what is science?
I have a new short film, Kifaro, an African science fiction about a man who sends a killer robot after his wife and her secret lover. Watch on YouTube (Support me by subscribing to my channel, sharing my films, becoming my patron, or making a donation). In this article I want to explore the theme of the film, that is science in African divination systems, as it is one that has influenced much of my recent works.
A few years ago, I told a university lecturer that I was looking into our traditional knowledge systems, and she said, ‘You believe in witchcraft?’ To her, any knowledge that did not fit a European definition of science was ‘witchcraft’. She suggested I was anti-technology, anti-science, backward, primitive, all that, in even thinking about challenging what we learn in school. My simple reply was; ‘What, exactly, is science?’
Ancient civilisations like Egypt amaze us. How did they build the pyramids? The racist theory attributes it to aliens. They said a similar thing when they encountered Great Zimbabwe and advanced medical science in Bunyoro, that it was the work or influence of lighter-skinned people from up north. They refused to acknowledge there was an actual science in African knowledge systems. Look at this extract from Twilight Tales of Black Baganda (as if there were other kinds of Baganda). They write about our science as a footnote for they were more concerned with trying to prove our inferiority;
“…knowledge of surgery possessed by the Banyoro…. Vaccination for small-pox was known long before European influence reached them, as people were inoculated with the lymph taken from the arm of an affected person. Possessing no surgical implements, they operated clumsily but often successfully (Really? You operate clumsily the patient ends up dead!), with their ordinary septic belt knives. In cases of comminuted fractures…. the custom has been to cut out the shattered pieces of bone and insert a piece freshly taken from an ox or goat….
“It seems humiliating to find that some of our boasted modern methods of surgery were known and practised by these half-savage tribes in the back ages.”
If only they had looked beyond their racist views…..
In our communities, as in others in the ancient world, mathematics and science was inseparable from religion. I’ll give an example from Kenya, where scientists from the leading universities compared predictions from the metearological department with that of rainmakers from the Ngayi community and, over two seasons, found that both were fairly accurate. The Ngayi rainmakers watch migrations of ants and of bees, they listen to the sounds certain birds and frogs make, they examine the leaves of certain plants, among other activities, and they use all this information to know how much rain will fall, and when, and if there’s going to be a drought, and how long. Are they not scientists, though they attribute their knowledge to spirits?
This topic, ‘what is science’, needs a much longer article, and maybe someone more scholarly to write it. I’m but an artist, and my role is to provoke thought, to create African science fiction works to inspire scientists to look into knowledge systems that will enhance human development without causing poverty and oppression, that will give us a better quality of life without causing ecological disasters and climate change. READ: How I Quit My Job to Become a Full-time Artist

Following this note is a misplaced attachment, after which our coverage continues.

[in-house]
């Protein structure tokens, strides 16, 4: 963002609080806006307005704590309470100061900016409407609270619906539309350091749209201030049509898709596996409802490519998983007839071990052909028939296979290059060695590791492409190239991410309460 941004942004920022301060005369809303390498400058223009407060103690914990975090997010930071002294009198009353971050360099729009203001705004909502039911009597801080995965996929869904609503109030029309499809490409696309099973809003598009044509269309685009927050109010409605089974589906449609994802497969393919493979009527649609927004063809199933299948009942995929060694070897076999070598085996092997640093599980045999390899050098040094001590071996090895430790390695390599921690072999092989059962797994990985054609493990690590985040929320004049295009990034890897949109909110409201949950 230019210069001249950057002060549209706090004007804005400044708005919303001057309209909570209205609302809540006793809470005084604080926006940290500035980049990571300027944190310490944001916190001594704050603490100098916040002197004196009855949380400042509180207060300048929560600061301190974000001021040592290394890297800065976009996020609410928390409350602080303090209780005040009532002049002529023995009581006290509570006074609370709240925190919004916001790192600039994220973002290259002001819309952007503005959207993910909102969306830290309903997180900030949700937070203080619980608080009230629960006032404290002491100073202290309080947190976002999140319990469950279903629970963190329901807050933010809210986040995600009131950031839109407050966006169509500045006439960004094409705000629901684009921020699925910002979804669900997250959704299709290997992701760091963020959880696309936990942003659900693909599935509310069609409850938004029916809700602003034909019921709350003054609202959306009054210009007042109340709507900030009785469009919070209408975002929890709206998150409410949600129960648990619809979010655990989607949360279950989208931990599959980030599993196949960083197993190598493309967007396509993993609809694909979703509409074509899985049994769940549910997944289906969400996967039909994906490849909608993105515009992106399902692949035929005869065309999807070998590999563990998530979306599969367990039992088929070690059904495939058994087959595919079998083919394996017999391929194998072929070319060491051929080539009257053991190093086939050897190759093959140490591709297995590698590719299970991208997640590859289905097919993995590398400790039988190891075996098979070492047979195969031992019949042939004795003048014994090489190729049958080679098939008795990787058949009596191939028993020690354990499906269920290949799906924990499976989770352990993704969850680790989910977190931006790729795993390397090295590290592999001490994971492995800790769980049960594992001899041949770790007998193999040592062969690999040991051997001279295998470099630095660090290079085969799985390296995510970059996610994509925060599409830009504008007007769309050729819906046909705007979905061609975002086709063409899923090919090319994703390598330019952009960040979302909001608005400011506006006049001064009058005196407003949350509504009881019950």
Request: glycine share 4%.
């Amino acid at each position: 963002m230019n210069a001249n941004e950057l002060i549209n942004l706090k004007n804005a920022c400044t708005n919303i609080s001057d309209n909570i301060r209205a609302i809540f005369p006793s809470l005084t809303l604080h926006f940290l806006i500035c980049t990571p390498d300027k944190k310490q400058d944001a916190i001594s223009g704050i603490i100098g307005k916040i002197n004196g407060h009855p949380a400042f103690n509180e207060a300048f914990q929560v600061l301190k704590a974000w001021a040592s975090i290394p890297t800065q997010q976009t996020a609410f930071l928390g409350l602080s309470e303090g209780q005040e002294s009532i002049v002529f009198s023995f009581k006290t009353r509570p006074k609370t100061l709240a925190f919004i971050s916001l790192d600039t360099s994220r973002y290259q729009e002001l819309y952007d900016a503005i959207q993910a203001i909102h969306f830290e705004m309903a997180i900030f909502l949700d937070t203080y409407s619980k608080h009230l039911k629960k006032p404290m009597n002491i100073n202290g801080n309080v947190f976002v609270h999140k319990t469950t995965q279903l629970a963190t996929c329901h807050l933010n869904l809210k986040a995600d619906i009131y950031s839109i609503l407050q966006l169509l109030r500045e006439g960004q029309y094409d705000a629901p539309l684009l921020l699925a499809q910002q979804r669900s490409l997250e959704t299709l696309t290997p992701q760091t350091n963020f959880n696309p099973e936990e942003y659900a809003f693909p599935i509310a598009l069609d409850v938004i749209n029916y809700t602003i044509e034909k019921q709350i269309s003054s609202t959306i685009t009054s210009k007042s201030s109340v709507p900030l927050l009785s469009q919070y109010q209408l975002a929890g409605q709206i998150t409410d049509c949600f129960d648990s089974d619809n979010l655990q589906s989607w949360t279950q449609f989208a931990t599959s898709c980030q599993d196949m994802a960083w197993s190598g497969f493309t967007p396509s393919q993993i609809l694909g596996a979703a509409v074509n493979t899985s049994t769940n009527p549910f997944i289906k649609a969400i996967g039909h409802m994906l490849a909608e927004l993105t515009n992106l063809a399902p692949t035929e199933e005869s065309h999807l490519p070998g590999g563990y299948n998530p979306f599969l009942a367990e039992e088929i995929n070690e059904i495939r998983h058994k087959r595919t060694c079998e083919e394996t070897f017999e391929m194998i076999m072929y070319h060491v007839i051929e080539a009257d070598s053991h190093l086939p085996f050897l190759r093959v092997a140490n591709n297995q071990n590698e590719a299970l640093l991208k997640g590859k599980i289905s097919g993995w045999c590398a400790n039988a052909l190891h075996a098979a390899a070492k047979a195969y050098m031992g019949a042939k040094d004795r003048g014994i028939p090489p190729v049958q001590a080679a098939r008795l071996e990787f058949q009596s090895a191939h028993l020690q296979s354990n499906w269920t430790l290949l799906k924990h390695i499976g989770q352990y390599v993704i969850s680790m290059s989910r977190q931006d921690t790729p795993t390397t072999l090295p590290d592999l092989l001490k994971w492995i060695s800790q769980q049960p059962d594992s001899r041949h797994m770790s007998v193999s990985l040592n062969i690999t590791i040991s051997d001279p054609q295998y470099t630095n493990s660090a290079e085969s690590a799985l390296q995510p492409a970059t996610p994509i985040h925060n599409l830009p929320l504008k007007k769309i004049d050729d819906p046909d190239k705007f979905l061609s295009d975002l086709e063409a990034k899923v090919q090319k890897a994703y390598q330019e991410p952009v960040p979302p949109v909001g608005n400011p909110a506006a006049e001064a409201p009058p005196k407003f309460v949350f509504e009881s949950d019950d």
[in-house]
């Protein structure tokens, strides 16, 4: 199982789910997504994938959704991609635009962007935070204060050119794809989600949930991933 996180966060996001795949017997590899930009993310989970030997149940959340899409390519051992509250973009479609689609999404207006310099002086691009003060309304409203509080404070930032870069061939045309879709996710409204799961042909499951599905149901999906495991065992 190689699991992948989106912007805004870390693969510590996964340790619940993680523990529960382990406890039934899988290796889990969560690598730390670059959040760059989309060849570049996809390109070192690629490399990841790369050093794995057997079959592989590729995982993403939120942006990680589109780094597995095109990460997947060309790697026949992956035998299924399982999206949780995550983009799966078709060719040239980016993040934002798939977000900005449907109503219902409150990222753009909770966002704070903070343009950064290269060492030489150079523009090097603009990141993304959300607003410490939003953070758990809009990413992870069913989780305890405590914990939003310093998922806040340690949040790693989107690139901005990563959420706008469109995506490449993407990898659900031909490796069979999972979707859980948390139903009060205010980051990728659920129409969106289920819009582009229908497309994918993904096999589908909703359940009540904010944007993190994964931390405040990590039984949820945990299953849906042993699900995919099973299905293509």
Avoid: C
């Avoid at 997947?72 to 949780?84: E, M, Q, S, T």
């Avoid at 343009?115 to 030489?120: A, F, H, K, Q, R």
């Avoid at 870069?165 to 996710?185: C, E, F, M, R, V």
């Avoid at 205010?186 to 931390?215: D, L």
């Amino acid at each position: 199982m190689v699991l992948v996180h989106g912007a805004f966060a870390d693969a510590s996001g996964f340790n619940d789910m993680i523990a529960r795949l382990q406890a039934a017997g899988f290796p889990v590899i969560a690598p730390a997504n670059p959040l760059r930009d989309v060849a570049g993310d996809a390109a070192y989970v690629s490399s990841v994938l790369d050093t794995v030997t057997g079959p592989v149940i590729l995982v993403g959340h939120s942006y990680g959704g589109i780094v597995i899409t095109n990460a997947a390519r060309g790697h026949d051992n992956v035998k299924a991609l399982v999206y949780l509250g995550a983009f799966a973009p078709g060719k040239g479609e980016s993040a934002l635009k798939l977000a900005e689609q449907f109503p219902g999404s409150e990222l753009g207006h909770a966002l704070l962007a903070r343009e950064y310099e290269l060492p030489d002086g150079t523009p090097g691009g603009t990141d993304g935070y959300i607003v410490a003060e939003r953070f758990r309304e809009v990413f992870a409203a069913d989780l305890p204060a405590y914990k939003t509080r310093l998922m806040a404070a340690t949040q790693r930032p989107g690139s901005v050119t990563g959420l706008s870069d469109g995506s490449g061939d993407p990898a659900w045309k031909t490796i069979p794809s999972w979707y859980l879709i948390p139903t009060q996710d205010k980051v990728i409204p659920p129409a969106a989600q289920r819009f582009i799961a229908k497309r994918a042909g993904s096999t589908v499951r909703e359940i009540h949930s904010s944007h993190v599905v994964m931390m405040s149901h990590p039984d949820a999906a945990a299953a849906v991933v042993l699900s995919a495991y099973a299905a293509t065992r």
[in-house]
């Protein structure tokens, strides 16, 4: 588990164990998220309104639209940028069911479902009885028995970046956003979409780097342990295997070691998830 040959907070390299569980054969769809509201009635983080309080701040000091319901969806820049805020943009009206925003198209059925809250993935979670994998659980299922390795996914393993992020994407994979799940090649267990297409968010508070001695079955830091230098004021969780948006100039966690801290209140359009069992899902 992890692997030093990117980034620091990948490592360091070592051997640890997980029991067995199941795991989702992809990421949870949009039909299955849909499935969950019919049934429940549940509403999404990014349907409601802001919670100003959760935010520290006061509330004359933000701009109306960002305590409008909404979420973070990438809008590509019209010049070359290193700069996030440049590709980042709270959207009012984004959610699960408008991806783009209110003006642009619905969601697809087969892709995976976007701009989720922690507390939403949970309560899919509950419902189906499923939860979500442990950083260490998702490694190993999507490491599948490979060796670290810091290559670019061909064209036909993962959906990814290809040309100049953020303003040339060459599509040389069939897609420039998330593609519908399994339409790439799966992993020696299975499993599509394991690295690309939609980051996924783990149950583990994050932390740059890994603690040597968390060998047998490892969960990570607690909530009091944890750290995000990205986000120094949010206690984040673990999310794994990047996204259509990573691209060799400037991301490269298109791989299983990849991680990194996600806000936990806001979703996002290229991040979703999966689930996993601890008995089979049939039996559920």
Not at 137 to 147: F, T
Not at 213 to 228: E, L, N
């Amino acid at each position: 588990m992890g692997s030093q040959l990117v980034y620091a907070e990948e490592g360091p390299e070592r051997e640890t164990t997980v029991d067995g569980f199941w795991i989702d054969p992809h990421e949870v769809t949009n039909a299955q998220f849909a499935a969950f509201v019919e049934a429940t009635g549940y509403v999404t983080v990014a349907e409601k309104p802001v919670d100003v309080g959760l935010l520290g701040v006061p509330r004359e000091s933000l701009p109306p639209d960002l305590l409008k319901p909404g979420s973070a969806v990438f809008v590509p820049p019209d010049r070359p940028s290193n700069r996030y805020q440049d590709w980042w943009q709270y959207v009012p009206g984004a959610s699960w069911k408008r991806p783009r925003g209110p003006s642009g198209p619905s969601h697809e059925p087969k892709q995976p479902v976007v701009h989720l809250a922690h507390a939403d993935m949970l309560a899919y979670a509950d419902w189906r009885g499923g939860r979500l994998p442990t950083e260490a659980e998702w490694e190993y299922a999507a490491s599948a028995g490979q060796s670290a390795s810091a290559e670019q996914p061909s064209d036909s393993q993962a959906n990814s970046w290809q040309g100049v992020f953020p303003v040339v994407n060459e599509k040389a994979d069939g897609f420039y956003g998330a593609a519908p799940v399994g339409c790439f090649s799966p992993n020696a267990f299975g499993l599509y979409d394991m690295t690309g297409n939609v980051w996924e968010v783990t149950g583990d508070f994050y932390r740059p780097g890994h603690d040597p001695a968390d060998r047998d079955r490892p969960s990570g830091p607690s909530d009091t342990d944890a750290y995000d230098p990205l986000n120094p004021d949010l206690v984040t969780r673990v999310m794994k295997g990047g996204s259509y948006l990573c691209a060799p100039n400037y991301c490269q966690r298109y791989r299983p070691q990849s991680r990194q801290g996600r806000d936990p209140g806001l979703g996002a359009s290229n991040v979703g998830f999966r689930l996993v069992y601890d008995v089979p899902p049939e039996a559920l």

Titling an African Science Fiction Film
The word kifaro (sic) has three meanings. The right spelling is kifaru, which is Swahili for a Rhino, but I use kifaro which is how many people in Uganda say it and so how it rings in my head, and also for aesthetic reasons since I’m creating African science fiction works. Kifaro also means military tank. I’m not sure if it is slang, or if they so named the tank because it reminded someone of a Rhino. Thirdly, mostly as used in Uganda, it is an evil spirit. Mayembe is another popular term for evil spirits but I’m not sure if mayembe and kifaro are the same thing. For a moment I considered calling the film mayembe. I settled for kifaro because of its obvious association with military technology. Strange Stories on Adultery
In his book, History of Bunyoro Kitara, A.R. Dunbar quotes diviners in Bunyoro who tell him that “kifaru is the spirit of the military tanks.” This was way back in the 1950s. Every community has two kinds of spirits, the good ones are ancestral spirits that people honor and say prayers to, while the bad ones are often foreign. I’m not sure why this particular evil spirit was associated with military tanks. I suppose it was in relation to colonialism and the brute force it used to subject African peoples, and maybe, like the military tank, it is sent to kill or destroy people.
So in the film, (SPOILER) a man visits a diviner to know why his wife doesn’t love him anymore. The diviner discovers that the wife is cheating on him, and offers him evil medicine (kifaro) to deal with the problem.
There are two kinds of African divination, one is good, the other evil and is frowned upon. It is, unfortunately, the evil one that colonialists, Christians and Muslims tout as representative of African divination, and it has destroyed the image of the good one, which uses rational scientific principals. In the evil kind, the diviner uses a spirit, which has possessed a magical item, often a horn (hence the name mayembe). This item has a life of its own, it can walk, and talk, and interact with human beings as if it is a physical animal. (Fake diviners use ventriloquism to make people think an object is talking.) A person visits a diviner with some problem, maybe thieves took his valuables, or (like in my science fiction film) his wife no longer loves him. The person wants answers, and the diviner offers an evil solution, the most common being to kill with lightning or to send bees against the thief. I’ve also heard of a man getting stuck inside a woman while they are making adulterous love, and other kinds of nasty things.
Though my film revolves around this kind of African divination, it does not inspire me. I used it because, well, entertainment, to tell a fun kind of story, but mostly because the subject is best suited for a short film, or perhaps a feature. I’m developing a TV series based on the good kind, and hopefully you’ll see it someday.